Why does the same situation turn one person into a monster and another into a hero? What research has shown us is that not only do ordinary people all have the capacity to become monsters, we also all have the capacity to become heroes.
More after the jump…
The Holocaust. The Great Purge in the Soviet Union. The Bosnian War. Rwanda. Many people reflect on these events and ask how… how can people turn into monsters? Yet even in all the chaos that surrounded those events, there were also heroes that emerged. They helped others who were abused, even if it could have cost them their lives. Anne Frank’s story is one of many famous accounts where people risked everything just to save a human life.
The question about why ordinary human beings begin abusing other humans has been studied for quite some time. Some of the most well known work in this line of research, the Milgram shock experiments and the Stanford prison experiments, provide a dim outlook for mankind. The experiments demonstrated that it is quite easy to make the average person abuse the rights of another human being. If this is true, then events like the Holocaust could happen anywhere.
The idea that the average man has the capacity to quickly begin abusing the rights of others was the subject of the most controversial Twilight Zone episode produced, “He's Alive” (good summary), which first aired in 1963. In the episode, a young man is persuaded by the ghost of Hitler to start a new Nazi movement in his neighborhood. He actually ends up getting some of his neighbors to join his group. In the end, he kills the only man who ever took care of him. Rod Serling leaves us with a chilling warning about the capacity of mankind to abuse other humans:
“Where will he go next, this phantom <Hitler> from another time, this resurrected ghost of a previous nightmare – Chicago; Los Angeles; Miami, Florida; Vincennes, Indiana; Syracuse, New York? Anyplace, everyplace, where there's hate, where there's prejudice, where there's bigotry. He's alive. He's alive so long as these evils exist. Remember that when he comes to your town. Remember it when you hear his voice speaking out through others. Remember it when you hear a name called, a minority attacked, any blind, unreasoning assault on a people or any human being. He's alive because through these things we keep him alive.”
So if we all have the capacity to start abusing others rights, what about whether we have the capacity to become heroes as well? The question about when humans become heroes instead of monsters has been less studied. Research by Franco and Zimbardo (2008) provides a more positive outlook for mankind that the Milgram experiments and the Stanford experiments.
For Franco and Zimbardo (2008), heroism is more than altruism; it requires a deep personal sacrifice. Their research suggests that we all have the capacity to act heroic. They argue that there is nothing particularly special about someone who acts heroically; we just have to be in the right situation. For example,
“…during Hurricane Katrina, a young man named Jabar Gibson, who had a history of felony arrests, did something many people in Louisiana considered heroic: He commandeered a bus, loaded it with residents of his poor New Orleans neighborhood, and drove them to safety in Houston. Gibson’s “renegade bus” arrived at a relief site in Houston before any government sanctioned evacuation efforts.”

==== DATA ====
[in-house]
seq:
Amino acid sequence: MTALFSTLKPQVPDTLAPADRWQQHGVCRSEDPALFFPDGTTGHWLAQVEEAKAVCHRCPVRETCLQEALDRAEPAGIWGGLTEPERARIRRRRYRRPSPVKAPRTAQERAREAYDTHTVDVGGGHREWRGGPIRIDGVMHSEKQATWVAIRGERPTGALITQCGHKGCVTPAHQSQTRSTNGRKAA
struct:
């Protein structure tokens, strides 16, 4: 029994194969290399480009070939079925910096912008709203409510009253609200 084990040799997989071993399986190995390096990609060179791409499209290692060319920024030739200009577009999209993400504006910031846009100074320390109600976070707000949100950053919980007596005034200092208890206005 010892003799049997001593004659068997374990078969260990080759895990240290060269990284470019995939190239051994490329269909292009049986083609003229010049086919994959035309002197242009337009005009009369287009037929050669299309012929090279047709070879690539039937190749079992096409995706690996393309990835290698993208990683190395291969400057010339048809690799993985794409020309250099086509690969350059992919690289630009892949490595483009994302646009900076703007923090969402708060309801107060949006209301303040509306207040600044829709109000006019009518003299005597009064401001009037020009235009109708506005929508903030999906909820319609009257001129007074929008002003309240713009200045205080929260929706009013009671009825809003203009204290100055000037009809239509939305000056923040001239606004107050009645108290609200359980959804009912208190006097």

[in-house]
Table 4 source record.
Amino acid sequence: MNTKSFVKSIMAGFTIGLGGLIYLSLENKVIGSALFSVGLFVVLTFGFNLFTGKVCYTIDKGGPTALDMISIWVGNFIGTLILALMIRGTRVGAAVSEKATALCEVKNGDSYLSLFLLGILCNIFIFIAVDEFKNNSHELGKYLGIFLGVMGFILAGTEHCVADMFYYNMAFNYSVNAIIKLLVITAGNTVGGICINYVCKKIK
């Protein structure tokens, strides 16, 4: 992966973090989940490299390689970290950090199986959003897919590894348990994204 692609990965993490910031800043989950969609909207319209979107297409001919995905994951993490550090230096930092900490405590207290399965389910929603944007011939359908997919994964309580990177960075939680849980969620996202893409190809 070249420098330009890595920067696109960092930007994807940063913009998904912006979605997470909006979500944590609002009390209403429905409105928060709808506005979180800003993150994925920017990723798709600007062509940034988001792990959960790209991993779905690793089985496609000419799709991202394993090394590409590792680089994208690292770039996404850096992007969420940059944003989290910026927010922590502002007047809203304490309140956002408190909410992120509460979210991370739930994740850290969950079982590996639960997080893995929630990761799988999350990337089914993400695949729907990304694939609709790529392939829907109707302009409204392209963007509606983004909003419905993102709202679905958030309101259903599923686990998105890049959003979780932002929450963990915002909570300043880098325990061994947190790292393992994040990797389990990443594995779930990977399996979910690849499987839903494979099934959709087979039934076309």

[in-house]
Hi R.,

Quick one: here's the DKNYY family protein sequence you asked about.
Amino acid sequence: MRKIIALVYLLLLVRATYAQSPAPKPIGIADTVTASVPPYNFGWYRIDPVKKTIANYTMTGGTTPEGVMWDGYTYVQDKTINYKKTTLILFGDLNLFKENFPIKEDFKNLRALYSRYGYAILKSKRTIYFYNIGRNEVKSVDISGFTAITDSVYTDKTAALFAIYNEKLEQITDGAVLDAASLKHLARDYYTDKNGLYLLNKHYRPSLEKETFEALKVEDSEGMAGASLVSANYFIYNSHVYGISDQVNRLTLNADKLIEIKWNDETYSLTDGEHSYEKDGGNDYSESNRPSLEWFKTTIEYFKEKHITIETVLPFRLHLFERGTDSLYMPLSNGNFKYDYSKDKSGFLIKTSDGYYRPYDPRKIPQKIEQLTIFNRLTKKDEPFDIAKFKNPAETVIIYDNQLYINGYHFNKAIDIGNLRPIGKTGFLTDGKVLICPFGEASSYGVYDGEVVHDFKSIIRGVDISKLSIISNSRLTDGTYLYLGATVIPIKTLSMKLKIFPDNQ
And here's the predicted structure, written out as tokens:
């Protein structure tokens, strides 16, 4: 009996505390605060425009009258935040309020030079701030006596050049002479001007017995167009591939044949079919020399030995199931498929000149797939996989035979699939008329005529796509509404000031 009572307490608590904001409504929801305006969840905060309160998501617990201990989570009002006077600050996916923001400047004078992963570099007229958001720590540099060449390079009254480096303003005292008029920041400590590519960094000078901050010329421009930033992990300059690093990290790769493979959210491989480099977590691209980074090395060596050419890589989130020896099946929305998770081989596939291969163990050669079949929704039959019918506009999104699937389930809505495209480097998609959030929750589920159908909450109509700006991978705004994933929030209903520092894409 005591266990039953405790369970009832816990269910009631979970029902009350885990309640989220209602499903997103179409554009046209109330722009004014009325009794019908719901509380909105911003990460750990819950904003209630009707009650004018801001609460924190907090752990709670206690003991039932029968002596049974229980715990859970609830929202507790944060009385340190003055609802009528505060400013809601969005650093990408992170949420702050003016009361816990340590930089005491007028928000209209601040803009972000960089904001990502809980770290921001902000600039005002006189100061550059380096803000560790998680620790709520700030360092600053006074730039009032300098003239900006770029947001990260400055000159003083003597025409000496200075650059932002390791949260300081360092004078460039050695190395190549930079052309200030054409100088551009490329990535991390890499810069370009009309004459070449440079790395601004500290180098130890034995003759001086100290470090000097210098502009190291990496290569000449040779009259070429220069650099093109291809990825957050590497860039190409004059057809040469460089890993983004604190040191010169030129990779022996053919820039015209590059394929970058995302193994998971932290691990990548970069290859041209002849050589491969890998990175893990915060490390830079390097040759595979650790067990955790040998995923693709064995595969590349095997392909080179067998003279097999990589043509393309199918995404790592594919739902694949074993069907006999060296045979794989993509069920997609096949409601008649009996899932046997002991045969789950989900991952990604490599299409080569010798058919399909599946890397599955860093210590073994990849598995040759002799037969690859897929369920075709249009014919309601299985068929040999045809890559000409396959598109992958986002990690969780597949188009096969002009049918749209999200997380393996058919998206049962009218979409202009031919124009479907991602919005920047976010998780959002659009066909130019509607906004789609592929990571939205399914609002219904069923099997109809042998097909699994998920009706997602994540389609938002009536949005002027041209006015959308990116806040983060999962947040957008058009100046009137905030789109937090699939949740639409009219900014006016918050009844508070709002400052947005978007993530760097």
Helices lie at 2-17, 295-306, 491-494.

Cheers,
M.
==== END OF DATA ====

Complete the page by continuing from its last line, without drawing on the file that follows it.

A famous fictional example of the aforementioned case is the 1992 movie Hero. The main character of the movie, Bernie LaPlante, is a petty thief and a hustler, and a big let down to his family. Yet one night he ends up saving the passengers from a downed airliner even at the risk of his own life. And instead of taking credit for this heroism, he hides from the media and helps a homeless guy claim credit for it.
Another example of unexpected heroism that comes from fiction is the ferry scene (that Mike thoroughly analyzed) from the 2008 Batman movie, The Dark Knight. The Joker <edit> gives a detonator to a ferry full of prisoners and a detonator to a ferry full of civilians. He tells them each if they push the button, the other boat will blow up and they will be saved. Movie watchers probably expected the prisoners to blow up the other ferry. Since these were men who previously committed crimes, they had the capacity to break “society’s” rules about individual rights. Yet, in that particular the situation, a prisoner threw the detonator overboard. He chose to be a hero and pay the cost of his own life rather than let the innocent civilians die on the other ferry.
Yet another fictional example comes from the 2004 movie The Butterfly Effect. In the movie, the main character Evan is able to continuously changes history so that he can make life better for his friends and family. In the original reality, his one childhood friend, Tommy, becomes a homicidal maniac. But eventually Tommy is placed in a situation where he saves a woman’s life (instead of killing her), and it changes his life. He devotes his life to God.
There are still more questions than answers from the research that has been done dealing with the capacity of mankind to do harm and the capacity of mankind to do good. Why do people who normally respect the rights of others suddenly decide not to, and why do people who do not normally respect the rights of others suddenly decide to be a hero? If you would like to learn more about this research, you can go to Everyday Heroism for information on current research and find information about a survey they are conducting.